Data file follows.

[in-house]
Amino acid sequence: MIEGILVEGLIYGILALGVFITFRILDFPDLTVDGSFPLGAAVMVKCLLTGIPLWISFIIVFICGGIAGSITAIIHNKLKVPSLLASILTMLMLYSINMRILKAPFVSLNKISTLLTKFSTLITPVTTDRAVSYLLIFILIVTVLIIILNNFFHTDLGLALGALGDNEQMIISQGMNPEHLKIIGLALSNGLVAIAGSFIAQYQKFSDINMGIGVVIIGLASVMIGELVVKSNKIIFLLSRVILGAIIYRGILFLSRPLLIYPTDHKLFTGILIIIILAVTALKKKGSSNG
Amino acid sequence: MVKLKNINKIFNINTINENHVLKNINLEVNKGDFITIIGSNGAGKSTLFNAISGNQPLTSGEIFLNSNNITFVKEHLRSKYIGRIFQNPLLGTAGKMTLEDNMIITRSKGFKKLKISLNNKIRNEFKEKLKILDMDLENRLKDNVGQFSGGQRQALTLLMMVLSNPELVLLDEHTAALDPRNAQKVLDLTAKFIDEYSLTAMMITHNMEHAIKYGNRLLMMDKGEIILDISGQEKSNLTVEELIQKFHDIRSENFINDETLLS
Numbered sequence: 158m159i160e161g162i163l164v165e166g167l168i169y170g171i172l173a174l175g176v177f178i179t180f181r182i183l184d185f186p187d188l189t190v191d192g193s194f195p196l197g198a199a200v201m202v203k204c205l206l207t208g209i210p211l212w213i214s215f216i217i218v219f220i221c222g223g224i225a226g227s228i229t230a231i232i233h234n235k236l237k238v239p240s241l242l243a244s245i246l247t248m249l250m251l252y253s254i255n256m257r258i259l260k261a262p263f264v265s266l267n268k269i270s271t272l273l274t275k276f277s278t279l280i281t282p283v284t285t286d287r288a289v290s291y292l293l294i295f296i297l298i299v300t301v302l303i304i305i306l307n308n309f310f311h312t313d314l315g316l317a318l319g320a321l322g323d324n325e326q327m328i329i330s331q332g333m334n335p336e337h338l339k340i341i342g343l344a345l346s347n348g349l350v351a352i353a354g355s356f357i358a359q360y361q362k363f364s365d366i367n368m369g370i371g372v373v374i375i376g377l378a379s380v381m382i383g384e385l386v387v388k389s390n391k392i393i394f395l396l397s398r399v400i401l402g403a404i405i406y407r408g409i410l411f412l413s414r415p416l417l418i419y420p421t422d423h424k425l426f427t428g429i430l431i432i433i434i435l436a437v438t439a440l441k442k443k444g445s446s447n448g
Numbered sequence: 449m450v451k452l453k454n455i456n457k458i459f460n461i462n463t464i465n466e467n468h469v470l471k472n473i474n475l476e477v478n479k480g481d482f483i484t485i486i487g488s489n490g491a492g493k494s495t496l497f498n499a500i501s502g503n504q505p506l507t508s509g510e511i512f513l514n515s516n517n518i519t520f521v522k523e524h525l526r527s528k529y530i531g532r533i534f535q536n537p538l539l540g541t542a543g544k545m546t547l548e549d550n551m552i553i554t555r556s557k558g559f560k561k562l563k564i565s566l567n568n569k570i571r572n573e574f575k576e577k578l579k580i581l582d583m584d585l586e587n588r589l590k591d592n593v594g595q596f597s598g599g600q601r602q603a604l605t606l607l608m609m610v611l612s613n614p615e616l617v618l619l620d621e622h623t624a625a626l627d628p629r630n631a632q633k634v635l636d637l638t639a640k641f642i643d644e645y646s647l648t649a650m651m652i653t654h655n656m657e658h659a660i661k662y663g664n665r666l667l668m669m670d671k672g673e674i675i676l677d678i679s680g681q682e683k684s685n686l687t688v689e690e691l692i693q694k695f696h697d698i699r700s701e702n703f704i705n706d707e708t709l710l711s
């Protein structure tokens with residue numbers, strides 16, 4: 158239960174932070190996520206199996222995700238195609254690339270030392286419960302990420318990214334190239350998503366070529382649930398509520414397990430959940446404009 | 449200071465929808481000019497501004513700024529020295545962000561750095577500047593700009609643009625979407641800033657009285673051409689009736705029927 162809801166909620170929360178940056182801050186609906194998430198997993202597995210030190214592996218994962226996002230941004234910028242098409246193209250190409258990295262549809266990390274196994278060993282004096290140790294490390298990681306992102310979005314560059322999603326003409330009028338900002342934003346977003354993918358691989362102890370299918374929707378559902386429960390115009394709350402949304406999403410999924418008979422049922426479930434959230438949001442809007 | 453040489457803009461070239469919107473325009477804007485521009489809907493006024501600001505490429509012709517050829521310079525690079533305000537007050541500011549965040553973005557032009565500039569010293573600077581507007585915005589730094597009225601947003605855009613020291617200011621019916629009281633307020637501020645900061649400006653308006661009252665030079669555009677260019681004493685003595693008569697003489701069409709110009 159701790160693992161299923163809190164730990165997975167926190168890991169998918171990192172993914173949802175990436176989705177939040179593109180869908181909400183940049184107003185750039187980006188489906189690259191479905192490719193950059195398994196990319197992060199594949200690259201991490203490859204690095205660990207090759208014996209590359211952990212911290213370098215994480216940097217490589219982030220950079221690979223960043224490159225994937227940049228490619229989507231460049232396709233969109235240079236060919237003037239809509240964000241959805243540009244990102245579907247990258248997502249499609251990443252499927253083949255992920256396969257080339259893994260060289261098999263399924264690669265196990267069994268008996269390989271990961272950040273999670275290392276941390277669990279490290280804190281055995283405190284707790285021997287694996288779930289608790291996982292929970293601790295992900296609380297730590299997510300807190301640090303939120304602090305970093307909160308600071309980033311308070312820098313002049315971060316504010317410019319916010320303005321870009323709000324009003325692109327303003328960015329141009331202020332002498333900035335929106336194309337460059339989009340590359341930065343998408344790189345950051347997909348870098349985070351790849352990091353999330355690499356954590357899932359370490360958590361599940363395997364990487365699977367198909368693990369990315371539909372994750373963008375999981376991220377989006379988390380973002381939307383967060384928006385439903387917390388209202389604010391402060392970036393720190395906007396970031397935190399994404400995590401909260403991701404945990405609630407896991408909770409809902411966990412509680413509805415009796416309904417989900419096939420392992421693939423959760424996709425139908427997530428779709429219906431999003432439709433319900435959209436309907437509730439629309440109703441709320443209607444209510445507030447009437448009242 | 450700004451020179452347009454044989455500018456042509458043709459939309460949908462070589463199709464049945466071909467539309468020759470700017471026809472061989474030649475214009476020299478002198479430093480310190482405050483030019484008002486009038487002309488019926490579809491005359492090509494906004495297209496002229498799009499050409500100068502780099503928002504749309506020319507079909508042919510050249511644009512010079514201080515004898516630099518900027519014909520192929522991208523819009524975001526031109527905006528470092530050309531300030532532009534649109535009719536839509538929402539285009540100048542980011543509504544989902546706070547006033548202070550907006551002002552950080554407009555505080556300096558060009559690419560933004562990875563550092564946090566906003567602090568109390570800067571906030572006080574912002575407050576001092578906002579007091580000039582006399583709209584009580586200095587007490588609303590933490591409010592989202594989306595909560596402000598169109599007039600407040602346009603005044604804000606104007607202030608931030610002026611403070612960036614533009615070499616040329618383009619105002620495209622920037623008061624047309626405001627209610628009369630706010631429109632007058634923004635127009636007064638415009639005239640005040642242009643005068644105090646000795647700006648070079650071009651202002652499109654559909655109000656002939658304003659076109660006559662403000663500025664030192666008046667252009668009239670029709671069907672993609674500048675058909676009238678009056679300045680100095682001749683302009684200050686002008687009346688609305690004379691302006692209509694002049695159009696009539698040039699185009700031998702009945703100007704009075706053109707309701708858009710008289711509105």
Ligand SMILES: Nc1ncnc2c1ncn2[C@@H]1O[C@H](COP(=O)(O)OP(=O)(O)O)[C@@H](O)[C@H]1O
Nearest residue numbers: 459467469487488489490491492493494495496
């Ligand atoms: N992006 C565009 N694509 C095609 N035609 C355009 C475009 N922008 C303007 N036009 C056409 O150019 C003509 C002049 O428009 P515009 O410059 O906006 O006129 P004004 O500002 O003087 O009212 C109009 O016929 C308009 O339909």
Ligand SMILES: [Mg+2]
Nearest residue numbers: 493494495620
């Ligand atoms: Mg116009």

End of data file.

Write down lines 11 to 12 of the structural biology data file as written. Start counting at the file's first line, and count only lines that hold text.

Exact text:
Nearest residue numbers: 493494495620
């Ligand atoms: Mg116009």